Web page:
A bold presentation of `Henry V'

Chesapeake's outdoor production runs through July 6

Review

June 15, 2007|By Williams Hyder | Williams Hyder,special to the sun

Shakespeare's Henry V is probably best known from the film versions starring and directed by Laurence Olivier (1944) and Kenneth Branagh (1989).

The memory of these productions puts local performers at a disadvantage, and the play itself, with its heroic declamations, its scenes of pageantry and battle, offers serious challenges.

The Chesapeake Shakespeare Company tackles the show boldly and comes off with credit.

The outdoor production is being presented through July 6 at Patapsco Female Institute in Ellicott City, alternating with As You Like It.

Does Henry V have a right to invade France? That's the great question facing the young king. For private reasons, the Archbishop of Canterbury tries to convince the king that he does.

Henry is undecided until he receives an insulting message from the dauphin, son of the king of France, mocking his youth and inexperience.

The dauphin has sent a gift of tennis balls, implying that Henry should stick to sports and games and not pretend to the maturity of a king.

Shakespeare's audiences, who had seen Henry IV, Parts 1 and 2, knew what the dauphin meant. While his father was alive, Prince Henry had been a playboy, fond of carousing and low company.

Now, facing the responsibilities of kingship, he is a changed man. He has renounced his former drinking companions, chief among them old Sir John Falstaff. Unwilling to overlook an insult to his crown, he orders his followers to prepare for war with France.

The fortunes of Henry's campaign swing back and forth, the scenes alternating between the English camp and the French court and camp.

Bad weather and sickness weaken Henry's outnumbered army, but he refuses French messages urging him to surrender.

He rallies his men - "We few, we happy few, we band of brothers" - to one final effort, and the French are defeated.

Patrick Kilpatrick is a strong and energetic Henry, but he delivers his speeches - stirring, defiant, thoughtful, determined - with an impassive face. Frank B. Moorman gives a human spirit to his uncle, the Duke of Exeter.

The arrogant, conceited dauphin is portrayed by Colby Codding; the mature and confident constable of France by Nathan Thomas.

Steve Beall gives a boisterous performance as Fluellen, a brave Welshman who insists on parading his knowledge of military history and tactics before his fellow officers.

Laura Sicari, as Katharine, the French princess, and Lesley Malin, as her lady in waiting, cleverly put over a comic scene spoken in French.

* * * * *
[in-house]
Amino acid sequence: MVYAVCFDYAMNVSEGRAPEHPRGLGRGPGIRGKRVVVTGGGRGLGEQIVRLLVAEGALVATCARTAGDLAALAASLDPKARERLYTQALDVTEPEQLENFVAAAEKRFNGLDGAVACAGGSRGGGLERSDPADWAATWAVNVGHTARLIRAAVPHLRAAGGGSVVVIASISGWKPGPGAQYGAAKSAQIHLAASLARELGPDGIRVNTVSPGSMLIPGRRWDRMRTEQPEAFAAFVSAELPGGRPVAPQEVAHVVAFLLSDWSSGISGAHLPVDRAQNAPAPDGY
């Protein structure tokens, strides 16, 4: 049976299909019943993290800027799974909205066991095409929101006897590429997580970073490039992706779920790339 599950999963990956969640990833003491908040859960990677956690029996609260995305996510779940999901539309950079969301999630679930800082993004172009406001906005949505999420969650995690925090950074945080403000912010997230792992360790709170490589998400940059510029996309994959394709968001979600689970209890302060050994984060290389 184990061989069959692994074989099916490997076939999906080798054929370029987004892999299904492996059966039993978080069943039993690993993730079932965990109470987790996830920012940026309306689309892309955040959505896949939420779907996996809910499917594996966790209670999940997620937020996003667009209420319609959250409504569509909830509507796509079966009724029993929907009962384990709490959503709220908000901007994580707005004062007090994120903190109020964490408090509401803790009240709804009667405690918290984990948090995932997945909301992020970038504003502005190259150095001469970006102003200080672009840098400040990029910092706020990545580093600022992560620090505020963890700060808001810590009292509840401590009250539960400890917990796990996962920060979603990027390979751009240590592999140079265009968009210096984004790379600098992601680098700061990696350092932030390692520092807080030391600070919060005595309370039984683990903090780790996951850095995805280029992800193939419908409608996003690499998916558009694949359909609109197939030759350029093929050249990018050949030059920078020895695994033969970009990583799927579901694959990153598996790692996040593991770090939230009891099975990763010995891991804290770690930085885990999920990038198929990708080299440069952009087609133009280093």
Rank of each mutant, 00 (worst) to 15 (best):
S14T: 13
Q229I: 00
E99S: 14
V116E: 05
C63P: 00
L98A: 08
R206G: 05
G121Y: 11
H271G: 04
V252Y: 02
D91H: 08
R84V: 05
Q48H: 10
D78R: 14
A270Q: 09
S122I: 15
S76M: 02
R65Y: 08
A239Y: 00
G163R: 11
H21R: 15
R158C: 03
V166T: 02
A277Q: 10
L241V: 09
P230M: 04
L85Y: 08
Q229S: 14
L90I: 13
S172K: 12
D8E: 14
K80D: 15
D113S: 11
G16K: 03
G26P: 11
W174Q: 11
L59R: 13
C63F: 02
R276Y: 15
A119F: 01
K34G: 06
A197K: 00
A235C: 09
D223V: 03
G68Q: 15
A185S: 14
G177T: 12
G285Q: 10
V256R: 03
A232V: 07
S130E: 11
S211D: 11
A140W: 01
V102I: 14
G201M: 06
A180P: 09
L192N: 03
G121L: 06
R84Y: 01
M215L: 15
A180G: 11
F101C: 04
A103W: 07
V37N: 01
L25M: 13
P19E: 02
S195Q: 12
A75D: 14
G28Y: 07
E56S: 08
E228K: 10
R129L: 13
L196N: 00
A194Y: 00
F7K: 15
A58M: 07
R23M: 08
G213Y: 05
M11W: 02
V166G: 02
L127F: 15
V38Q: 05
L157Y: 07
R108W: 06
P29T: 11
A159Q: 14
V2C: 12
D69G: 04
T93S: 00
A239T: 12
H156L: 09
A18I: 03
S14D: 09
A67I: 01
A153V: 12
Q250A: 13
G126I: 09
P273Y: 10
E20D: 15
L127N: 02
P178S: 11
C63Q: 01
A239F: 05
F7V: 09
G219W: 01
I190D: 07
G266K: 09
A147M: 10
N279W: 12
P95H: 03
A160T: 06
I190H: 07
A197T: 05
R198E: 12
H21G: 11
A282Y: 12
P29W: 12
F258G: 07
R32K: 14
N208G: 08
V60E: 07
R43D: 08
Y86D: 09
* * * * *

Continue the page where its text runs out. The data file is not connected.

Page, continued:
Several characters from the Henry IV plays return in Henry V. Dame Quickly (Christina Schlegel) and Falstaff's servants Bardolph (Kevin Costa) and Pistol (Michael P. Sullivan) are joined by a new character called Nym (Codding).

The three men provide most of the show's low comedy. They go to France with the English army but make sure to stay out of danger. All of them come to bad ends.

The chorus, a narrator who introduces the play and returns occasionally to fill in background information, is forcefully portrayed by Lindsay Kitt Wiebe. Traditionally, the chorus remains outside the action, but director James Ricks has chosen to have Wiebe blend occasionally into the show.

With no change of costume, she morphs into the bishop of Ely, Sir Thomas Erpingham and finally the Duke of Burgundy. This is certain to bewilder audience members not familiar with the play.

Several other actors handle multiple roles more comprehensibly. Chief among them are Frank Mancino (the king of France and Williams, a common soldier) and Costa (the Archbishop of Canterbury, Bardolph and a soldier called Bates).

Pageantry, battle scenes, the grandeur of Shakespeare's conception - these things are hard to get across with limited forces on a bare stage. It helps if the audience brings its imagination to the production, as Shakespeare's audiences did. As the chorus puts it, "Piece out our imperfections with your thoughts."

The Chesapeake Shakespeare Company presents "Henry V" on June 16, 17, 22, 23, July 1 and 6 at Patapsco Female Institute, 3691 Sarahs Lane, Ellicott City. Performances are at 8 p.m. Fridays and Saturdays and 5 p.m. Sundays. The performance June 23 will be a doubleheader, with "Henry V" at 4 p.m. and "As You Like It" at 8 p.m. Free parking in the Howard County Courthouse lot on Court House Drive. Tickets: 866-811-4111, or www.chesapeakeshakespeare. com. Information: 410-752-3994.

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